For smokers in intervention group, the doctor will offer a brief (10-20 seconds) WAR smoking cessation intervention (Warn the smokers that at least one out of two smokers will be killed by smoking, and according to WHO, two out of three smokers will be killed by smoking; Advice the smokers to quit now or as soon as possible; and Refer the smokers to a smoking cessation clinic or telephone quitlines by offering a referral card which contains the contact information of the smoking cessation clinics and/or quitlines as well as a pictorial information leaflet which explains the risks of smoking). For control group, the doctor will offer a brief (10-20 seconds) placebo intervention (Advice the smokers to eat vegetables, and offer the smokers a card which contains information about the benefits of eating vegetables and a pictorial information leaflet which shows the recommended amount of vegetables and fruits an adult should eat a day).

Within 3 days after enrolment (T1), study personnel will call the participants using the tablet PC with questionnaire program to invite them to complete a short baseline survey.

At 1-month FU (T2), study personnel will call the participants using the tablet PC with questionnaire program to assess his/her smoking and quitting outcomes. After the assessment, trained study personnel will get the information about the participants' group status from the tablet PC. For Group C, the trained study personnel will end the phone call without further assessment or intervention. For Group I, the trained study personnel will use the tablet PC to randomly assign the participant to Group I-A or I-B.

For Group I-A, trained study personnel will repeat the brief (10-20 seconds) AWARD intervention (Warn the smokers that at least one out of two smokers will be killed by smoking, and according to WHO, two out of three smokers will be killed by smoking; Advice the smokers to quit now or as soon as possible; and Refer the smokers to a smoking cessation clinic or telephone quitlines by offering the contact information of the smoking cessation clinics and/or quitlines); for Group I-B, trained study personnel will end the phone call without further questions or actions.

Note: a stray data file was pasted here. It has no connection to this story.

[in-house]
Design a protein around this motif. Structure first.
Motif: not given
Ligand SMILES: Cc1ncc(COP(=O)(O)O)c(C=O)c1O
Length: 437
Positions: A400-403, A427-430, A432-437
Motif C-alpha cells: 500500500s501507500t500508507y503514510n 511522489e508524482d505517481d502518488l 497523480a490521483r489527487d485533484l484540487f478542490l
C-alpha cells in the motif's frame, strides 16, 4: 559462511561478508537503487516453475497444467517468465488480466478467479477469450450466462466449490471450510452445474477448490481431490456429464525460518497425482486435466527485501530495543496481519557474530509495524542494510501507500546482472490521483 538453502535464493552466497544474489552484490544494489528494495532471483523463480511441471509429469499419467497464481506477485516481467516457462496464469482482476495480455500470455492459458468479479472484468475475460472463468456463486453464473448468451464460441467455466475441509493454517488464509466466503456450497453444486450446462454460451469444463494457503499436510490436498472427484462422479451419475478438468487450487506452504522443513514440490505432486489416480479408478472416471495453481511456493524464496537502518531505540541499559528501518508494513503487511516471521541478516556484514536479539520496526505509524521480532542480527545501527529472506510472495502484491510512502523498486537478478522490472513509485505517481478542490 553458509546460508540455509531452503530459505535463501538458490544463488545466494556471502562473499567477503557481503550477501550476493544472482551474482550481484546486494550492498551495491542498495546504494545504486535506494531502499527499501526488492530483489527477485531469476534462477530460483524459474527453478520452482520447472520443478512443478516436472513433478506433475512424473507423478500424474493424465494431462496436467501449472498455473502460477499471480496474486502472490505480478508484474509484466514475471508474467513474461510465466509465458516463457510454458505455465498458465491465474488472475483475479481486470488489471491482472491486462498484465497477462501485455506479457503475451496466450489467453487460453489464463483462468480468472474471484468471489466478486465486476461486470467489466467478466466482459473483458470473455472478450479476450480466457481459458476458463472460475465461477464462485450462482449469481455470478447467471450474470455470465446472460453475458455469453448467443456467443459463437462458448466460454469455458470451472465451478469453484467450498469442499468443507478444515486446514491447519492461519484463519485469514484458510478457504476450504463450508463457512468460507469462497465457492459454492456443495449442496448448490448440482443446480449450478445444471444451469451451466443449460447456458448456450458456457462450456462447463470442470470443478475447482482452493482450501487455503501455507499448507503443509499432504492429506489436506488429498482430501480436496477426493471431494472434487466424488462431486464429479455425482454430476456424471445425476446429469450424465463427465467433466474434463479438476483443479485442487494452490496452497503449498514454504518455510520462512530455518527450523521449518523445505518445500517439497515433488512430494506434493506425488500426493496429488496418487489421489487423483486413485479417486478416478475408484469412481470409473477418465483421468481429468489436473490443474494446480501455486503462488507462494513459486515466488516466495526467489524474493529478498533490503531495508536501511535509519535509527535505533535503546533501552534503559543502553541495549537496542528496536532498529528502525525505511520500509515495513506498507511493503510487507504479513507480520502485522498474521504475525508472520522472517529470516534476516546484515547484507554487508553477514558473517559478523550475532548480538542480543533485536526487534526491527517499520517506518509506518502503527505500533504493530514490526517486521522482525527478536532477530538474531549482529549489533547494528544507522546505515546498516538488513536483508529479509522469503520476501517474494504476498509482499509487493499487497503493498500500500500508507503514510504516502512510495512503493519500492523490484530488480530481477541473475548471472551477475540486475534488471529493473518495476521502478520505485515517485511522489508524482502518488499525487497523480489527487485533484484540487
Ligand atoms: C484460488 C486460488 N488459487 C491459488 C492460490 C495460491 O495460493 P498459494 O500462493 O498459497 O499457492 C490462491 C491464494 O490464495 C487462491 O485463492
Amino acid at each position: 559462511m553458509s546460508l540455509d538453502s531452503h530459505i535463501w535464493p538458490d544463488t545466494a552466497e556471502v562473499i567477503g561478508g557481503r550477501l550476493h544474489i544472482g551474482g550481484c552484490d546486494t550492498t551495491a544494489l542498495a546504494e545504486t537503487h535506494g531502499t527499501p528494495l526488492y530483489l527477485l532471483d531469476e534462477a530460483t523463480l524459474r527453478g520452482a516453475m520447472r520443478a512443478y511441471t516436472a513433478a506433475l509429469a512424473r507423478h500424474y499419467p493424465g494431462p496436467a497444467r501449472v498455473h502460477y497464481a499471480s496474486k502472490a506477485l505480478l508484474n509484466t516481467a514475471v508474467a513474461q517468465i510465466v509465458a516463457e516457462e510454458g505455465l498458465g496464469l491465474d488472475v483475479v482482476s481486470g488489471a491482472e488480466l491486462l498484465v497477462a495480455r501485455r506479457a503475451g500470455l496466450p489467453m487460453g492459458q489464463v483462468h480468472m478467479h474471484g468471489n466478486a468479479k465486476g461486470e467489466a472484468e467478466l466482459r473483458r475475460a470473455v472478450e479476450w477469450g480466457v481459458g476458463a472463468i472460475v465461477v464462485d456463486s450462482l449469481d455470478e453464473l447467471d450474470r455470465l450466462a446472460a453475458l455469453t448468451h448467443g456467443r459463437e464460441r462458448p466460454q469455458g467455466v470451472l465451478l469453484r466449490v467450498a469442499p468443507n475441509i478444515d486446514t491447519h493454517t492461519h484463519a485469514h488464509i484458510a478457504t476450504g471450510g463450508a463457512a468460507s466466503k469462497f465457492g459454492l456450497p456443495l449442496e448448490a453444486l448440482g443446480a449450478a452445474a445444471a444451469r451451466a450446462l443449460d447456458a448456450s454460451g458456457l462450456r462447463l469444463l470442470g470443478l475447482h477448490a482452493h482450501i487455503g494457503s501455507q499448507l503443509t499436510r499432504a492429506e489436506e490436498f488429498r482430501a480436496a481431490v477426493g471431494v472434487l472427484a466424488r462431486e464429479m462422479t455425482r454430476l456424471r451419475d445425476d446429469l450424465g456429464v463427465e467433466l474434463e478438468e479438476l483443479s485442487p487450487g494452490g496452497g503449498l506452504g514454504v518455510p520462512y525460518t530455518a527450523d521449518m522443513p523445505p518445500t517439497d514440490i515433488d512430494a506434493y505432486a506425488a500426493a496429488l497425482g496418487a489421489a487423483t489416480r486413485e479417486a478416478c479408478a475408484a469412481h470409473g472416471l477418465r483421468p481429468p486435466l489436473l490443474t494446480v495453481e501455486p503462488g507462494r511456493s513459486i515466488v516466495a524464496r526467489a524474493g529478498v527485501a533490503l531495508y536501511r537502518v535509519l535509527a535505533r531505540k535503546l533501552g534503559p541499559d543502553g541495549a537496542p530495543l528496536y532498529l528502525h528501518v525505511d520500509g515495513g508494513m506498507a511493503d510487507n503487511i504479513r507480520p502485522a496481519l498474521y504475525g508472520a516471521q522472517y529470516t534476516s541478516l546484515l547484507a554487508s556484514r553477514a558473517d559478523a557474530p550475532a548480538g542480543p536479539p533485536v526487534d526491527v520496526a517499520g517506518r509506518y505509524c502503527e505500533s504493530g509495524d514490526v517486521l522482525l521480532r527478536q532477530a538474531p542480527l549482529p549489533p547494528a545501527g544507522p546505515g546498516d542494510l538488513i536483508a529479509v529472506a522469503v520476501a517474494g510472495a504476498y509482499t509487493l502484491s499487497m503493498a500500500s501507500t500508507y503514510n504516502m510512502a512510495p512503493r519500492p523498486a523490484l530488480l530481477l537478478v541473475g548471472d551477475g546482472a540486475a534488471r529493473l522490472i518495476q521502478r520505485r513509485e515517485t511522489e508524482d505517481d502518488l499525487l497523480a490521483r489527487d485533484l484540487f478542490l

At 3-month FU (T3), study personnel will use the programmed tablet PC to call participants and measure his/her smoking patterns and quitting efforts.

At 6- and 12-month FU (T4&T5), study personnel will use the programmed tablet PC to call participants and measure his/her smoking patterns and quitting efforts again. Participants who report that they have been abstained from nicotine for ≥7 days will be invited to complete biochemical validation in clinics. Exhaled CO and salivary cotinine will be tested. If for any reason, the participants are not able to complete the biochemical validation, study personnel will use the programmed tablet PC to conduct a non-biochemical validation survey to validate whether or not the participants have been abstained from nicotine.

Study personnel will always be blinded to participants' group status at follow-up interviews (single blinded). Subjects will be randomly allocated to study personnel for follow-up interviews, so subjects are likely to be interviewed by different study personnel in this study.

Study Design

Allocation: Randomized, Intervention Model: Parallel Assignment, Masking: Single Blind (Subject), Primary Purpose: Health Services Research

Conditions

Smoking

Intervention

The brief smoking cessation AWARD model, Placebo intervention

Location

5/F William MW Mong Block, LKS Faculty of Medicine Building, 21 Sassoon Road, Pokfulam
Hong Kong
Guangdong
China

Status

Recruiting

Source

The University of Hong Kong

Results (where available)

View Results

Links

Published on BioPortfolio: 2015-07-14T10:18:40-0400